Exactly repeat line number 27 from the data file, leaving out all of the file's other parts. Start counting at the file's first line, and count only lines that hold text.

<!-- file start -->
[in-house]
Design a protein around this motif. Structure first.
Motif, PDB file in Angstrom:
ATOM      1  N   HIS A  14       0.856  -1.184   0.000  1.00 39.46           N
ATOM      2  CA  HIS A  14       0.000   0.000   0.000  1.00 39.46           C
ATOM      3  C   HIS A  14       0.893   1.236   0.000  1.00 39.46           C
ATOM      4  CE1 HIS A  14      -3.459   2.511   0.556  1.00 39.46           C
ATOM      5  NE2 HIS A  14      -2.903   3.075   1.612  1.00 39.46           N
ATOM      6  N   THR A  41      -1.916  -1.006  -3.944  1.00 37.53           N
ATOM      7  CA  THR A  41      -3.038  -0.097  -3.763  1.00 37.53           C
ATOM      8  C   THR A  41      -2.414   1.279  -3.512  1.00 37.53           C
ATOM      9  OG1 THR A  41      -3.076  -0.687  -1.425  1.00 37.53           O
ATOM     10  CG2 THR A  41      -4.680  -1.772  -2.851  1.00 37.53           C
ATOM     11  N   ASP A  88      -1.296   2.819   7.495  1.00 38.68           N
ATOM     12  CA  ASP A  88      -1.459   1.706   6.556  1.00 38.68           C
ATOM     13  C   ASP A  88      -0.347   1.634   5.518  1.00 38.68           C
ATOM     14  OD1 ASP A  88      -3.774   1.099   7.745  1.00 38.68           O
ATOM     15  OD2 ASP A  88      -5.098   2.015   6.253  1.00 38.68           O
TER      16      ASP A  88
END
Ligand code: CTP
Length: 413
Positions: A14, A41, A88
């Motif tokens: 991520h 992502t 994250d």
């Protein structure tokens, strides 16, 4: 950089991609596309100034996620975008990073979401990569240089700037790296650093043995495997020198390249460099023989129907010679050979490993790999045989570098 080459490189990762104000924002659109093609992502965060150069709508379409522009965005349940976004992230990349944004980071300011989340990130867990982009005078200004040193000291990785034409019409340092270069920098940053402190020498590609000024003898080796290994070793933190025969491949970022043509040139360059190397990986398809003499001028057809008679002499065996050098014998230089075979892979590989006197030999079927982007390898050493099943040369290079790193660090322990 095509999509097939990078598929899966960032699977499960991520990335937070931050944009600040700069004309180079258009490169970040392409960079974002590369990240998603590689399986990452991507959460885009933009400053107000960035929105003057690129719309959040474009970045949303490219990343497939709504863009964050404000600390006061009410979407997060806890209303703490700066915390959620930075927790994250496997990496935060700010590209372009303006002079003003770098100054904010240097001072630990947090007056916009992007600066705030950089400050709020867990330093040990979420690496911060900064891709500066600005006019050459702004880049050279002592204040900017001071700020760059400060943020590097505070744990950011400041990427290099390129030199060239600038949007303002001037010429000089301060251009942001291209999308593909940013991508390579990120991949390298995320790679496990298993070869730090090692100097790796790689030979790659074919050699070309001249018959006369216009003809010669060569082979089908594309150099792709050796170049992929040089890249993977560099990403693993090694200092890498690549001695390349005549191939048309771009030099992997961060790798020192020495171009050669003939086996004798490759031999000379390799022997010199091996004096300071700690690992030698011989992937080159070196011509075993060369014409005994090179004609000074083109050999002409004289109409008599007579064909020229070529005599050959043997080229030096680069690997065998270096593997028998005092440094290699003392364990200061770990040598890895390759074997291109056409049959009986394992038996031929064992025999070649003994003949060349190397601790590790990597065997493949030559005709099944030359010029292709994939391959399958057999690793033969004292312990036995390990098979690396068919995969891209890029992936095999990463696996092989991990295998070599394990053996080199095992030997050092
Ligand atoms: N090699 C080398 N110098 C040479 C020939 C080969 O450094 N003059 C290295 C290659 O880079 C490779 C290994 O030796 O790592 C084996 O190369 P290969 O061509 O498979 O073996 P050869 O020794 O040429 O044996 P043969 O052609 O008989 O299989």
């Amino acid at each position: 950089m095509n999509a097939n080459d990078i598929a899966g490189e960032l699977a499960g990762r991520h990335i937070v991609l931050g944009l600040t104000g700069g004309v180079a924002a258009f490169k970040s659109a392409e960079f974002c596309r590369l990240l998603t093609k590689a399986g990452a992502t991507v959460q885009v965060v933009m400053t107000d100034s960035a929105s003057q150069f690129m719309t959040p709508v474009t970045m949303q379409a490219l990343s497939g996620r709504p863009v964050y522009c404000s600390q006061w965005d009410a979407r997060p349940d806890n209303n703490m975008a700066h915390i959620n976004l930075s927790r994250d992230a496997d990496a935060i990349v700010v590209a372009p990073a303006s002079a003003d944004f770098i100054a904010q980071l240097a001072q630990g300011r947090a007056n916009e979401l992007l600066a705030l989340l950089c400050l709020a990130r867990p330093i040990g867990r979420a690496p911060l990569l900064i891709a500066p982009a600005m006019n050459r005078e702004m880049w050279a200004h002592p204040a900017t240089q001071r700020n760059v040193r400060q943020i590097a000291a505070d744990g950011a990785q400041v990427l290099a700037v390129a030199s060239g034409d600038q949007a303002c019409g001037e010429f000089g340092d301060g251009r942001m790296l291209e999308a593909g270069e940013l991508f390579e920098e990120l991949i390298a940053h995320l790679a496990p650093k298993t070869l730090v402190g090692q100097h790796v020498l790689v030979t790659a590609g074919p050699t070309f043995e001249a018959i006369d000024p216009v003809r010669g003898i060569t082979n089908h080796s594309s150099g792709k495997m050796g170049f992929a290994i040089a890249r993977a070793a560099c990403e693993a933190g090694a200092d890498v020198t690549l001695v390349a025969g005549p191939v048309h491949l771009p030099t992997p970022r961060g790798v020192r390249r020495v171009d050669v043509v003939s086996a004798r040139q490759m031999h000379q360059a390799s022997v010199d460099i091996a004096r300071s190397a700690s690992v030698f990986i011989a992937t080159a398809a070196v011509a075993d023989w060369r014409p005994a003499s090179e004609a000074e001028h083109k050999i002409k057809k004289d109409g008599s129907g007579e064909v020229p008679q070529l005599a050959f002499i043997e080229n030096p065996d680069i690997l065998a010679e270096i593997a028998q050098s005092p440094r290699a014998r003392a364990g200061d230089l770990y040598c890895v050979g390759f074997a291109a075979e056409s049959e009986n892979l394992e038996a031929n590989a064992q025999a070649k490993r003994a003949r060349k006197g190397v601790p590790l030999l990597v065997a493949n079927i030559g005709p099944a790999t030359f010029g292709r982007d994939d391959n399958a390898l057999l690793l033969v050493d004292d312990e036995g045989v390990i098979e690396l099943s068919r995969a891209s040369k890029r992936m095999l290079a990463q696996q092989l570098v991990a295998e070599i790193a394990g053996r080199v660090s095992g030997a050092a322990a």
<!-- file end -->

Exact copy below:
């Amino acid at each position: 950089m095509n999509a097939n080459d990078i598929a899966g490189e960032l699977a499960g990762r991520h990335i937070v991609l931050g944009l600040t104000g700069g004309v180079a924002a258009f490169k970040s659109a392409e960079f974002c596309r590369l990240l998603t093609k590689a399986g990452a992502t991507v959460q885009v965060v933009m400053t107000d100034s960035a929105s003057q150069f690129m719309t959040p709508v474009t970045m949303q379409a490219l990343s497939g996620r709504p863009v964050y522009c404000s600390q006061w965005d009410a979407r997060p349940d806890n209303n703490m975008a700066h915390i959620n976004l930075s927790r994250d992230a496997d990496a935060i990349v700010v590209a372009p990073a303006s002079a003003d944004f770098i100054a904010q980071l240097a001072q630990g300011r947090a007056n916009e979401l992007l600066a705030l989340l950089c400050l709020a990130r867990p330093i040990g867990r979420a690496p911060l990569l900064i891709a500066p982009a600005m006019n050459r005078e702004m880049w050279a200004h002592p204040a900017t240089q001071r700020n760059v040193r400060q943020i590097a000291a505070d744990g950011a990785q400041v990427l290099a700037v390129a030199s060239g034409d600038q949007a303002c019409g001037e010429f000089g340092d301060g251009r942001m790296l291209e999308a593909g270069e940013l991508f390579e920098e990120l991949i390298a940053h995320l790679a496990p650093k298993t070869l730090v402190g090692q100097h790796v020498l790689v030979t790659a590609g074919p050699t070309f043995e001249a018959i006369d000024p216009v003809r010669g003898i060569t082979n089908h080796s594309s150099g792709k495997m050796g170049f992929a290994i040089a890249r993977a070793a560099c990403e693993a933190g090694a200092d890498v020198t690549l001695v390349a025969g005549p191939v048309h491949l771009p030099t992997p970022r961060g790798v020192r390249r020495v171009d050669v043509v003939s086996a004798r040139q490759m031999h000379q360059a390799s022997v010199d460099i091996a004096r300071s190397a700690s690992v030698f990986i011989a992937t080159a398809a070196v011509a075993d023989w060369r014409p005994a003499s090179e004609a000074e001028h083109k050999i002409k057809k004289d109409g008599s129907g007579e064909v020229p008679q070529l005599a050959f002499i043997e080229n030096p065996d680069i690997l065998a010679e270096i593997a028998q050098s005092p440094r290699a014998r003392a364990g200061d230089l770990y040598c890895v050979g390759f074997a291109a075979e056409s049959e009986n892979l394992e038996a031929n590989a064992q025999a070649k490993r003994a003949r060349k006197g190397v601790p590790l030999l990597v065997a493949n079927i030559g005709p099944a790999t030359f010029g292709r982007d994939d391959n399958a390898l057999l690793l033969v050493d004292d312990e036995g045989v390990i098979e690396l099943s068919r995969a891209s040369k890029r992936m095999l290079a990463q696996q092989l570098v991990a295998e070599i790193a394990g053996r080199v660090s095992g030997a050092a322990a």